Swappable batteries on the horizon: Giants team up to make swap-in, swap-out battery packs a reality
Honda, KTM, Piaggio and Yamaha have signed an agreement to create a ‘swappable batteries consortium’ with a view to standardising batteries in electric bikes. Battery standardisation has been one of the key stumbling blocks to electrification, but it looks like this will finally be overcome.
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The big issue with battery swapping has always been the cost of the infrastructure. If there are to be enough batteries in circulation, this would require enormous investment by a manufacturer.
If every company used a different battery type, it would be both expensive and wasteful. However, if a battery in a docking station fits multiple bikes, it becomes more viable.
"Considering customer convenience, standardisation of swappable batteries and wide adoption of battery systems is vital, which is why the four member manufacturers agreed to form the Consortium," says Noriaki Abe, Managing Officer of Honda’s motorcycle operations.
"Honda views improving the customers’ usage environment as an area to explore cooperation with other manufacturers, while bringing better products and services to customers through competition. Honda will work hard on both fronts to be the ‘chosen’ manufacturer for customer mobility."
What’s particularly interesting about Honda’s involvement is that, so far, they’re the only ones in the group to have already developed their own swappable battery technology.
Yamaha have previously done a deal with Gogoro, the Taiwanese firm who have been pioneering battery swapping in the Far East for years, and Piaggio have an electric Vespa, but neither have created swappable batteries from scratch.
This also isn’t the first time this sort of project has been suggested with the e-Yan Osaka trial in 2020 bringing together Honda, Yamaha, Kawasaki and Suzuki.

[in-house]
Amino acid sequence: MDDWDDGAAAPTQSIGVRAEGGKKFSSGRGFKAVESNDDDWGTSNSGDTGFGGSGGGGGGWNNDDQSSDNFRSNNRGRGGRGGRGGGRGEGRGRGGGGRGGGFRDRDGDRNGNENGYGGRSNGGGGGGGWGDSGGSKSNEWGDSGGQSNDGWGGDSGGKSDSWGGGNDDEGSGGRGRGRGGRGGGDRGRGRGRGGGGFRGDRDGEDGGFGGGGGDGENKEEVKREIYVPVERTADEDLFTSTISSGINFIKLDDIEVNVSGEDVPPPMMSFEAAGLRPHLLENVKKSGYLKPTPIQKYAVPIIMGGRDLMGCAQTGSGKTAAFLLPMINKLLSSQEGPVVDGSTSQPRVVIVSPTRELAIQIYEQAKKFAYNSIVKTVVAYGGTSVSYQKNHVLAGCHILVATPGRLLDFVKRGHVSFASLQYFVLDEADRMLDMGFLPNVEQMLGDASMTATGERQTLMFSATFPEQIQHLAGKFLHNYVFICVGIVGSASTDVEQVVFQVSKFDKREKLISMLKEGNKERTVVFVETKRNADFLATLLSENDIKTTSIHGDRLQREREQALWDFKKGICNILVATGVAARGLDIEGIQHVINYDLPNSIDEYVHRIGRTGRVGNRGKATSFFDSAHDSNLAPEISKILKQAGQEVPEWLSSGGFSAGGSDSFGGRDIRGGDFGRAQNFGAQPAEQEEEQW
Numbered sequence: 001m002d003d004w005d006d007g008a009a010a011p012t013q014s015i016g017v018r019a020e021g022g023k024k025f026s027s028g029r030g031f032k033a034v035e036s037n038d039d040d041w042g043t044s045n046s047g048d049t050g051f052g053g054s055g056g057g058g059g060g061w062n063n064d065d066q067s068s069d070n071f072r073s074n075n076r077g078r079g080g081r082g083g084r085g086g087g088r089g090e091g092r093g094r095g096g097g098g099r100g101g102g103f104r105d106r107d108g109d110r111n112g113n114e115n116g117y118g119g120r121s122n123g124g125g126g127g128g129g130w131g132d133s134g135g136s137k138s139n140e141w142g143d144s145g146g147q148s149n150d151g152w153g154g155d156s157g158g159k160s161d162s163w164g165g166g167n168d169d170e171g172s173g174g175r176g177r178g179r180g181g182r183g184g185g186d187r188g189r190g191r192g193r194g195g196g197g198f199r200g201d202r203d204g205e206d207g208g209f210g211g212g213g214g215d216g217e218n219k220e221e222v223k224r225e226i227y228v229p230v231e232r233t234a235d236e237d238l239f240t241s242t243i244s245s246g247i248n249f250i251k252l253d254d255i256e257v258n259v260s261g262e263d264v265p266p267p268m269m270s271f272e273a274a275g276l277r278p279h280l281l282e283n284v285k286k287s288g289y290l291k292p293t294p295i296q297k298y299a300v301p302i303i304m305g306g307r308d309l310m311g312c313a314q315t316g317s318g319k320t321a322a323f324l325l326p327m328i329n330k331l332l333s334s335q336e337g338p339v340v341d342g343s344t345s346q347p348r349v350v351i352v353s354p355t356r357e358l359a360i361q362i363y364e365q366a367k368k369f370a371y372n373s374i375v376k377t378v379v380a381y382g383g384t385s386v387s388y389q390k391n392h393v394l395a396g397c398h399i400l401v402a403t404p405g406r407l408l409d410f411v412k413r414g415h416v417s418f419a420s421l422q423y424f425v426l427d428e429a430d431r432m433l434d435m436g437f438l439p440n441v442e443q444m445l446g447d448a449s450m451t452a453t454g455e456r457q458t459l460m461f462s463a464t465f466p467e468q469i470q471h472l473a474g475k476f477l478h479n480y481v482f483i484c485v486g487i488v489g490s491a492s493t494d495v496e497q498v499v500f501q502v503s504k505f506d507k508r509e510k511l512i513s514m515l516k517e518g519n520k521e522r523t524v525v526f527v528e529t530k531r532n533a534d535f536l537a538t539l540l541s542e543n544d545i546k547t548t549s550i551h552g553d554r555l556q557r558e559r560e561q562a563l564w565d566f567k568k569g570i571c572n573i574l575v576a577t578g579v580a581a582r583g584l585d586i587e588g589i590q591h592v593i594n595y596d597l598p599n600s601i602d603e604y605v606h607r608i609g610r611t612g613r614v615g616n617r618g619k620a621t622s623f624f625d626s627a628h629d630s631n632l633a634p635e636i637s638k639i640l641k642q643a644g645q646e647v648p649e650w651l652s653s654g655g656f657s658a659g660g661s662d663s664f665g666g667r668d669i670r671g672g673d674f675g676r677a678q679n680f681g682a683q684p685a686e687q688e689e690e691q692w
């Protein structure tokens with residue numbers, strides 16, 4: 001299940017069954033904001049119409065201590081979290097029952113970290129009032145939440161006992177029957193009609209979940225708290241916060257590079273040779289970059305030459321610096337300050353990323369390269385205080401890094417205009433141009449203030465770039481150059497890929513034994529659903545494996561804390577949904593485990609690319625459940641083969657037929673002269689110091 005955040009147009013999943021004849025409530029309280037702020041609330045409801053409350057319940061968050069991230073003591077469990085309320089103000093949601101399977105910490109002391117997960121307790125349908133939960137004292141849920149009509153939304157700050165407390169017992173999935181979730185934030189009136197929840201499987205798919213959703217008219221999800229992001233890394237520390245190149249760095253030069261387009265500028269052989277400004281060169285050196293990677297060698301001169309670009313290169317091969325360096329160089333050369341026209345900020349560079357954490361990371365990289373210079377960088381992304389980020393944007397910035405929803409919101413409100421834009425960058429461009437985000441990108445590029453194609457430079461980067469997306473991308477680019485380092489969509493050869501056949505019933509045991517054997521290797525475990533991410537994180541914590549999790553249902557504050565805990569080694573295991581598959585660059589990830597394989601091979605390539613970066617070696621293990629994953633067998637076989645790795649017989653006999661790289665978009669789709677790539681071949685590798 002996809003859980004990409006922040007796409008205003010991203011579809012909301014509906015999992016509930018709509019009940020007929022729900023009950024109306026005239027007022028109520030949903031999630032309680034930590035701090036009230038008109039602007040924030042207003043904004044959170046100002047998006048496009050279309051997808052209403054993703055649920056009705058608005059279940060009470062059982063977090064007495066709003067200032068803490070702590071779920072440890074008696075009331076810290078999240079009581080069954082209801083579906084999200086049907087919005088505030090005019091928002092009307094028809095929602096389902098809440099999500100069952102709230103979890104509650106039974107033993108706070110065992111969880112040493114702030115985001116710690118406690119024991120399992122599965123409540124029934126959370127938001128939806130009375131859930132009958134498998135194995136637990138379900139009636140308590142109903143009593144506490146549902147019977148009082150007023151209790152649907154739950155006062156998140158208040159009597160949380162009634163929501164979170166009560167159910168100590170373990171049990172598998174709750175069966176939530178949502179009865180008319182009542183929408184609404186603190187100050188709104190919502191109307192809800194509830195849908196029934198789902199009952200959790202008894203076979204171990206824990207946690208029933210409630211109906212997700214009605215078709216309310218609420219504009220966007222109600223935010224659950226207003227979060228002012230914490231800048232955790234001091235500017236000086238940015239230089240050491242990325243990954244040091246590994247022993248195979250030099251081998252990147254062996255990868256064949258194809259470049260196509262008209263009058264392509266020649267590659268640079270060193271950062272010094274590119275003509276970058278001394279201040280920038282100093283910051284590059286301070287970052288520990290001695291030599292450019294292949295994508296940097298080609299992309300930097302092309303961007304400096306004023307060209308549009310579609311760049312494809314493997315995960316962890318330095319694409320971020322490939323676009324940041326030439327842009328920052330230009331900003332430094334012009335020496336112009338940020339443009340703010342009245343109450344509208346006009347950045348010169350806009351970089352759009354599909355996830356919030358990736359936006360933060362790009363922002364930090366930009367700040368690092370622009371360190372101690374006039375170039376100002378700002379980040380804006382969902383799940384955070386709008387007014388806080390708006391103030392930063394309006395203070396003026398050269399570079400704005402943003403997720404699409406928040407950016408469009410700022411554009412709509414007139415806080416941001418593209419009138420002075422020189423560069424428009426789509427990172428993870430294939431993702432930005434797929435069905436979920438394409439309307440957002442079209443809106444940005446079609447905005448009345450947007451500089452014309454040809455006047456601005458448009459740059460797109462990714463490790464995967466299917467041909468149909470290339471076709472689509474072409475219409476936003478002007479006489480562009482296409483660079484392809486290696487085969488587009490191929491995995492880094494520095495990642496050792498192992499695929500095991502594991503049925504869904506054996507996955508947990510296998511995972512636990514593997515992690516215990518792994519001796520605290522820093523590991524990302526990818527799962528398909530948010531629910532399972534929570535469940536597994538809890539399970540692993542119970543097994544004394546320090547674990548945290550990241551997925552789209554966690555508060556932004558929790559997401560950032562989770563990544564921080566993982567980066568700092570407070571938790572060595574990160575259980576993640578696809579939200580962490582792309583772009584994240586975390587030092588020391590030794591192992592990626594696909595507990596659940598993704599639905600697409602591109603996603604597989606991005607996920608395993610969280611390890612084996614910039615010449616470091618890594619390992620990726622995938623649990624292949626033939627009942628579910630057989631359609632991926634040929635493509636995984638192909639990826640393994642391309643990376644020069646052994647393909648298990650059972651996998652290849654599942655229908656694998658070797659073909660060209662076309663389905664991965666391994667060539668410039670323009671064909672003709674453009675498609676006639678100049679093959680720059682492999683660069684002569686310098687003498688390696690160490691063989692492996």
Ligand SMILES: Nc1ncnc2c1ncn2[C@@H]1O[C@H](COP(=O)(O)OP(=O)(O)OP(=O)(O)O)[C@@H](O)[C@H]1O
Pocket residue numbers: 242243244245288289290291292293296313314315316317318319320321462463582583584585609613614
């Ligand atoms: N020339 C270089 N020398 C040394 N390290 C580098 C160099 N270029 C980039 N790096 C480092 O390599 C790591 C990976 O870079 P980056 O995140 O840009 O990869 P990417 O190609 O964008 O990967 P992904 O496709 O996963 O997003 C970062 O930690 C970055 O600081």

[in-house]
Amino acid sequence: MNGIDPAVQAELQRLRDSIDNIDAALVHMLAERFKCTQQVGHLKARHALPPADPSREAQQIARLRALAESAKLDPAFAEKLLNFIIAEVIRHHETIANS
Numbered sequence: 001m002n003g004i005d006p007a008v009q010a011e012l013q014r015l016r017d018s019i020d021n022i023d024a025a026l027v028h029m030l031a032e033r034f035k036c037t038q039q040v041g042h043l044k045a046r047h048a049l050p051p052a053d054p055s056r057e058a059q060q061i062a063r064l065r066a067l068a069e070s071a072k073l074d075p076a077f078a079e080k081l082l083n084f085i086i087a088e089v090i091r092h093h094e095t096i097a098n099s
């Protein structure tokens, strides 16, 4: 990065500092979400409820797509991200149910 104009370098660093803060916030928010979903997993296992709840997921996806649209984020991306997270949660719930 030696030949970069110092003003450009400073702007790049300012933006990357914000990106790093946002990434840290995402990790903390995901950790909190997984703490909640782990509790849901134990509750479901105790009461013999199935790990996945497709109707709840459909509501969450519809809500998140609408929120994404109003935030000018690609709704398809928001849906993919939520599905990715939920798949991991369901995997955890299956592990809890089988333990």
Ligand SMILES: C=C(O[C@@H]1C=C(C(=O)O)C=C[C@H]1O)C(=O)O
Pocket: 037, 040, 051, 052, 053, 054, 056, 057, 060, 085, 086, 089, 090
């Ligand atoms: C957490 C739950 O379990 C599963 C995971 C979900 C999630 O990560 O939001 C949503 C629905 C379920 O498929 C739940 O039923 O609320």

The group will start work in May to standardise the shape, size and tech specs of a swappable battery standard to fit mopeds and motorcycles.
The hope is that by working together not only can they share costs, thus lowering costs both for the bikes and the infrastructure, but that they can work together to improve battery technology resulting in longer ranges and shorter charging times. If they manage it, the group think this should help overcome the concerns of consumers and bump us along the road towards E-bikes.
Big four's electric dream: giants link-up for swappable battery project
First published on September 4, 2020 by Ben Purvis
The ‘e-Yan Osaka’ trial, in cooperation with Osaka University, is intended to be a large-scale demo of how battery-swappable electric bikes could revolutionise urban transport by eliminating the concerns about range, charge time and finding recharging points.
It’s the first big development following the establishment of a consortium between the Japanese ‘Big Four’ in April 2019 to create a uniform battery pack and battery exchange system.
While they’ve yet to officially unveil the resulting standardised pack, it’s likely to be based on the ‘Honda Mobile Power Pack’ system seen at CES in Las Vegas in January 2018 for use in the Honda PCX Electric and Benly-e, both of which are available to corporate customers in Japan as part of a slow phasing-in of the technology.
"As a result of repeated collaboration studies among four domestic motorcycle companies we were able to collaborate with e-Yan OSAKA to verify the common specifications of replaceable batteries," said Noriaki Abe, Managing Executive Officer and Head of Motorcycle Business Operations at Honda.
"We are aware that there are still issues to be solved in the spread of electric motorcycles, and we will continue to work on improving the usage environment of our customers in areas where each company can cooperate."
During the trial, electric bikes will be loaned to students and staff at Osaka University, with battery-swap stations set up on the University’s campuses and at local convenience stores. The idea is that rather than trying to pack big, heavy, long-range batteries into a bike and to force owners to find ways to charge them at home or at work, it’s made quick and convenient to simply swap the battery for a fresh one whenever it runs low.
The test is due to run for about a year, picking out any problems with the specifications of the batteries or the operation of the system before a final, common battery design is created along with the necessary chargers and battery-swap stations.
Honda’s Mobile Power Pack has already illustrated how the firm see the idea working. It’s designed to fit multiple vehicles, including the PCX Electric and Benly-e scooters but also everything from lawnmowers to quad bikes. However, by standardising the pack across multiple brands it takes another step forward, becoming the e-bike equivalent to your AA torch batteries.